Hatteras Live Forked Oak Stump

This article was written by Roberta Estes and first published in the Lost Colony Research Group Newsletter in July, 2012. 

The Indian Village on Hatteras Island was granted to William Elks and the Hatteras Indians in 1759.  They were already living there as had been demonstrated in a 1756 NC legislative record wherein Thomas Elks complains that Thomas Robb is infringing on the Indian’s lands.  Robb’s response was that he wasn’t infringing on anything because the Indians didn’t have a land grant or patent.  In 1759, that small detail was taken care of when William Elks was granted the 200 acres on Hatteras Island where the Indian town was located.

In 1771, William Elks sold 50 acres of this land to George Clark, and the beginning survey marker was a forked live oak stump.

Currituck Deed book 3 deed [406], p. 340: 25 July 1771, Dec [–], 177[–]; WILLIAM ELKS of CT, planter to GORGE CLEARK of CT, cons. 50 pounds proc., 50A, on Hatarass Banks, beg at a forked live oak stump, “running ye sd: Courses of the patron;” wit: THOMAS OLIVER, JOHN SCARBROUGH, THOMAS MILLER, Junr., jurat; signed: WILLIAM [E] ELKS.

So, ask yourself, what are the chances of that forked Oak stump still existing today?  We do know where this land is today and we know the approximate location of this stump, but could we find it? 

In the photo below, this tree is exactly where, using today’s property lines, we think the forked stump should be.  But it’s not a stump and it doesn’t appear to be old enough, although we’ve been cautioned by tree experts not to compare Hatteras trees to other trees when determining age because the environment tends to stunt Hatteras trees, so they are older than they appear.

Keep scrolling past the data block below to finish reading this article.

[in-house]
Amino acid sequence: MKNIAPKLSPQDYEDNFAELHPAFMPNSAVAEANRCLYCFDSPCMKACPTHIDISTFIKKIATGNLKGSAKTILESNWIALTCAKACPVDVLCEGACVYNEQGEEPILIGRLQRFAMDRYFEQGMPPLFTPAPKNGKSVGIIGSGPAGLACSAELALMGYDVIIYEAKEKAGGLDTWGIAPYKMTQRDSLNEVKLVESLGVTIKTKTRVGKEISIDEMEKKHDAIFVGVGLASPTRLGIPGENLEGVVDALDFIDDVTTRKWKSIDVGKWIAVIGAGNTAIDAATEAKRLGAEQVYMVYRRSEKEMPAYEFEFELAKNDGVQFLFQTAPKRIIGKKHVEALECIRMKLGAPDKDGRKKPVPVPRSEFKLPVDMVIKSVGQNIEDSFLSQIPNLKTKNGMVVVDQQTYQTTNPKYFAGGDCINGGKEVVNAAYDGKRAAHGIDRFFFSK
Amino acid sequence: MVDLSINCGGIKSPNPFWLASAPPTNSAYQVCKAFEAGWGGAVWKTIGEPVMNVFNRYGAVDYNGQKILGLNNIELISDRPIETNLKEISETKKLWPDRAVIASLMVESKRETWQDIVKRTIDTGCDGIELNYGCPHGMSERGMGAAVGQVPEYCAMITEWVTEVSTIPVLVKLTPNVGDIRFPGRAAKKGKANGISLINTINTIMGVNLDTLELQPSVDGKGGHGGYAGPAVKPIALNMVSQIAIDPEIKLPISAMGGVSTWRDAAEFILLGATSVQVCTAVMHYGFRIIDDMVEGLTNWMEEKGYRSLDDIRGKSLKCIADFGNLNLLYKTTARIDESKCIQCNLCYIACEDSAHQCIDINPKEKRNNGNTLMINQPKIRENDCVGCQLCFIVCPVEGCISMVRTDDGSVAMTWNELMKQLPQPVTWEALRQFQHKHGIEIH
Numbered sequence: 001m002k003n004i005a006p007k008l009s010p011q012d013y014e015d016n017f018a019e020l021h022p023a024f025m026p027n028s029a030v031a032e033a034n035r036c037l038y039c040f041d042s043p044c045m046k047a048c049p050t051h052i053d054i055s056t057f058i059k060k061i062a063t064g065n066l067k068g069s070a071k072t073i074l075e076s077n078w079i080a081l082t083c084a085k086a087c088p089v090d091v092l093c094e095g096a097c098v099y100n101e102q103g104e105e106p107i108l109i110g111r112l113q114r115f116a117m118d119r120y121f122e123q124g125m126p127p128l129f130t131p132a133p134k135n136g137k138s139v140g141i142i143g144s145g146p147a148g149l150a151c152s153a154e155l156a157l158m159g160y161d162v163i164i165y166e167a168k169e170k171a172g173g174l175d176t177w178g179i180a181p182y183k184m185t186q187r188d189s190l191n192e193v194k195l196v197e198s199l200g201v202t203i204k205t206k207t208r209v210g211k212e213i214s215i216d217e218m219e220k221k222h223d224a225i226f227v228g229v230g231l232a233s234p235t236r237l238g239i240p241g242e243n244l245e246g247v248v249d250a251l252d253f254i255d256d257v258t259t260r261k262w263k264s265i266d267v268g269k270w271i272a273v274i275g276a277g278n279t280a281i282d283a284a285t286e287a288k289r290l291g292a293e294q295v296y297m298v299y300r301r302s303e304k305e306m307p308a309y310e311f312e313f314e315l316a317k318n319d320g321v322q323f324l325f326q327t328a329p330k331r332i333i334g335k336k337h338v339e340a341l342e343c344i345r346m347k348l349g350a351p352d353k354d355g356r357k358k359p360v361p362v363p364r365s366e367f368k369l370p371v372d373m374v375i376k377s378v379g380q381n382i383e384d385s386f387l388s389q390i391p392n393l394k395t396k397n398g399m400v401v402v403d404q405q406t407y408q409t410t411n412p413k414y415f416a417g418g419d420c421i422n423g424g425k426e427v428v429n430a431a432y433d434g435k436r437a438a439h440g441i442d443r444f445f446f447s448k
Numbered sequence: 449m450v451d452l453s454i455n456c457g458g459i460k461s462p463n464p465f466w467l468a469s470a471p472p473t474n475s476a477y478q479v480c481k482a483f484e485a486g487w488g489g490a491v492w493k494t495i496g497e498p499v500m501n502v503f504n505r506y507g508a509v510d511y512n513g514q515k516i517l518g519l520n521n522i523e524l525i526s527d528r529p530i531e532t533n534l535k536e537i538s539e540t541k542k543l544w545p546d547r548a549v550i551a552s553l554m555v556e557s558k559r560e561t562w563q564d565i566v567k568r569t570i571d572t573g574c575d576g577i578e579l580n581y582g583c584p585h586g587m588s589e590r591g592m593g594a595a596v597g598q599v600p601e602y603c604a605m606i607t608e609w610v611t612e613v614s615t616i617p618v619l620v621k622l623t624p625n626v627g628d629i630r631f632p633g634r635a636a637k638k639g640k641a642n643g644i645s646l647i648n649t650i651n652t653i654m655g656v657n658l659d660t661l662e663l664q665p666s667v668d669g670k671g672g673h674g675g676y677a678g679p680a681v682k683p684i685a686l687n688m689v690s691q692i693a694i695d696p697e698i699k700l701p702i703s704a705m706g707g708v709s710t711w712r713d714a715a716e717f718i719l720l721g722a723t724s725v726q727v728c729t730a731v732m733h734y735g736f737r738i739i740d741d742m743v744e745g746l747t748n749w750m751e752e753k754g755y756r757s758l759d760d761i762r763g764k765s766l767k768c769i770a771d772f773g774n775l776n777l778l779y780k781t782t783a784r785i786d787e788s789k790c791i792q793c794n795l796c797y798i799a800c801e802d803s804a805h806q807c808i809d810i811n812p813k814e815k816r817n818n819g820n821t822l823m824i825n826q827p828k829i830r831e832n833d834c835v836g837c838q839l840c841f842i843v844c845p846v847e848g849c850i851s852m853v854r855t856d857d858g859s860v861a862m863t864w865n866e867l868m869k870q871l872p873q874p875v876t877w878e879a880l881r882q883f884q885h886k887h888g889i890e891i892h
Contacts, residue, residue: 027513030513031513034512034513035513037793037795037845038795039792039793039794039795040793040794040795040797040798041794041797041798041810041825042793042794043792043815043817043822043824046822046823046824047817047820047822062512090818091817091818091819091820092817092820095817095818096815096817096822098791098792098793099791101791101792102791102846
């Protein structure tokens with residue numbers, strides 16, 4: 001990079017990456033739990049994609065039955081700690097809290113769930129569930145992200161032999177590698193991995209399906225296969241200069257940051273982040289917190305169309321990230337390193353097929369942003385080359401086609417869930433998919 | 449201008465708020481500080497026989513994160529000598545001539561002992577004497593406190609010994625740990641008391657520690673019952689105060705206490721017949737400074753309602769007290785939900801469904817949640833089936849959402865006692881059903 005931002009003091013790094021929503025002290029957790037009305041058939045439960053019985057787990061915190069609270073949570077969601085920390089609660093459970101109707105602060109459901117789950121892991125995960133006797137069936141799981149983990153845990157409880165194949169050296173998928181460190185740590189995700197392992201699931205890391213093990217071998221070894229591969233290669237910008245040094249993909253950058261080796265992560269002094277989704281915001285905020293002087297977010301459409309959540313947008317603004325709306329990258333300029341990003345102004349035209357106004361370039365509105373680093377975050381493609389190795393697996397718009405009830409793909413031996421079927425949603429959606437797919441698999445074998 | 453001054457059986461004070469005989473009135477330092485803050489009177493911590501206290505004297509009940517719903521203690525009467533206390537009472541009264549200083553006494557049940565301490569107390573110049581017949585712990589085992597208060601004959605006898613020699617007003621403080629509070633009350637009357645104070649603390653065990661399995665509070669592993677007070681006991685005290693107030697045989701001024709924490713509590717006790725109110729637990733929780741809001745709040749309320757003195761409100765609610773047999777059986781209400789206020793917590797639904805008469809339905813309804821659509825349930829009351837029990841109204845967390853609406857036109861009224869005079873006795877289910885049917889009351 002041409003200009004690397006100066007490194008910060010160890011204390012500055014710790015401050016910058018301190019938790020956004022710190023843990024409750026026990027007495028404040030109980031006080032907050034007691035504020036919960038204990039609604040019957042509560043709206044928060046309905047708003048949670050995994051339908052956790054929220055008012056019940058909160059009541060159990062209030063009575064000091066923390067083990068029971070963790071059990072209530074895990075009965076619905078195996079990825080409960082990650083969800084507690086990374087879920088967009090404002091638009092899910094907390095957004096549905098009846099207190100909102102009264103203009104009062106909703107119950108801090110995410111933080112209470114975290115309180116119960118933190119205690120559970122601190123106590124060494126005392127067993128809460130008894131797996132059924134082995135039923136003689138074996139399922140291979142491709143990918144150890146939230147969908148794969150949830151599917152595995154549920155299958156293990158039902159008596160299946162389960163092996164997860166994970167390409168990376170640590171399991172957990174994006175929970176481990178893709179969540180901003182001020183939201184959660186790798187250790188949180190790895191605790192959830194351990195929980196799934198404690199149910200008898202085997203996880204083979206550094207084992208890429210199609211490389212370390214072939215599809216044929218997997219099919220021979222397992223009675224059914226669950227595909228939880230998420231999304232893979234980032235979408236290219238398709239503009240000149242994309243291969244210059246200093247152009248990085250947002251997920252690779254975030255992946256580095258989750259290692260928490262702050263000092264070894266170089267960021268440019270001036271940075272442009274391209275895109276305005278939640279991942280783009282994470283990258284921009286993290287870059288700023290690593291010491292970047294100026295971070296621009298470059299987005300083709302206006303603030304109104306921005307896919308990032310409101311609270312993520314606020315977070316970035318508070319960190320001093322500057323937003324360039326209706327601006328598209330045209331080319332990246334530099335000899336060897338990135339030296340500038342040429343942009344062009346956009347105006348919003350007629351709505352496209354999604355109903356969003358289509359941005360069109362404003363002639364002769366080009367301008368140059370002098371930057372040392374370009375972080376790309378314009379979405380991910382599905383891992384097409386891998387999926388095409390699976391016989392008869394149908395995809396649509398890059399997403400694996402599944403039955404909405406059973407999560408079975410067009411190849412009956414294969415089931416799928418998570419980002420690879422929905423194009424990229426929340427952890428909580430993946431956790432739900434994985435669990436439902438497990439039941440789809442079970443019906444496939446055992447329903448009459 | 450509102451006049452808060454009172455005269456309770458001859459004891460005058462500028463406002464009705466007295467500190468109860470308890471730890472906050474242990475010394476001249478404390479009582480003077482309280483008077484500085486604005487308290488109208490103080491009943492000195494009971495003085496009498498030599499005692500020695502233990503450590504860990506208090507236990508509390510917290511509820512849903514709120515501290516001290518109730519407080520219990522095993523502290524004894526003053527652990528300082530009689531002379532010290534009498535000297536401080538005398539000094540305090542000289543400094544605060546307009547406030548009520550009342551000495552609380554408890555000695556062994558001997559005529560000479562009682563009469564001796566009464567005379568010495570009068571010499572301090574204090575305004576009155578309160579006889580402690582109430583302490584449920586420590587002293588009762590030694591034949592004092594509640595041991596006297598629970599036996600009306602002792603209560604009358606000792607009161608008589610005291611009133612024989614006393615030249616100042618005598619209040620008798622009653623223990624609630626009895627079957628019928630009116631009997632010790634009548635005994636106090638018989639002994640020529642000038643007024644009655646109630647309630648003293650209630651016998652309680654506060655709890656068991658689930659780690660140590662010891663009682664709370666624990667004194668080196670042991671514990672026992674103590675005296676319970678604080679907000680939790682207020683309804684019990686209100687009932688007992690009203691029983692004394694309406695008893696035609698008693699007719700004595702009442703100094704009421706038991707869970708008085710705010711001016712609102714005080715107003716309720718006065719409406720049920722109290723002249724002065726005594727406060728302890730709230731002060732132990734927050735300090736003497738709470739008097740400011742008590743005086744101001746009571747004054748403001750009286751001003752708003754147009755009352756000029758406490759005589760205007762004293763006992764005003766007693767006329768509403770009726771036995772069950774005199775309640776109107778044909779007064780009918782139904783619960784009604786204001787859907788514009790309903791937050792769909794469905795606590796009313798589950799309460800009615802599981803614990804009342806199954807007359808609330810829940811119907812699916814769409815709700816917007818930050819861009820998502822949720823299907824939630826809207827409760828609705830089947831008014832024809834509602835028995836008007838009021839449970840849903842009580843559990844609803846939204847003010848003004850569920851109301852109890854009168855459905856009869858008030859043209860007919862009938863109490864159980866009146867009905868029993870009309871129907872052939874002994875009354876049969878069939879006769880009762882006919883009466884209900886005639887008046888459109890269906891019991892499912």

However, look what we found just a few feet away, not exactly where we thought it should be, but very close.  We also have to take into consideration that the survey equipment of the 1600s wasn’t as accurate as what we have today, nor were the surveyors as precise.  It appears that the 200 acre land grant actually contained significantly more acreage.

This surely looks like a forked live oak stump, and it’s old, quite old.  Could this be the actual boundary marker tree in question?  You can see the fork quite well in the next photo.  What tales and secrets this tree could tell if it could only talk.

 

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About Roberta Estes

Scientist, author, genetic genealogist. Documenting Native Heritage through contemporaneous records and DNA.
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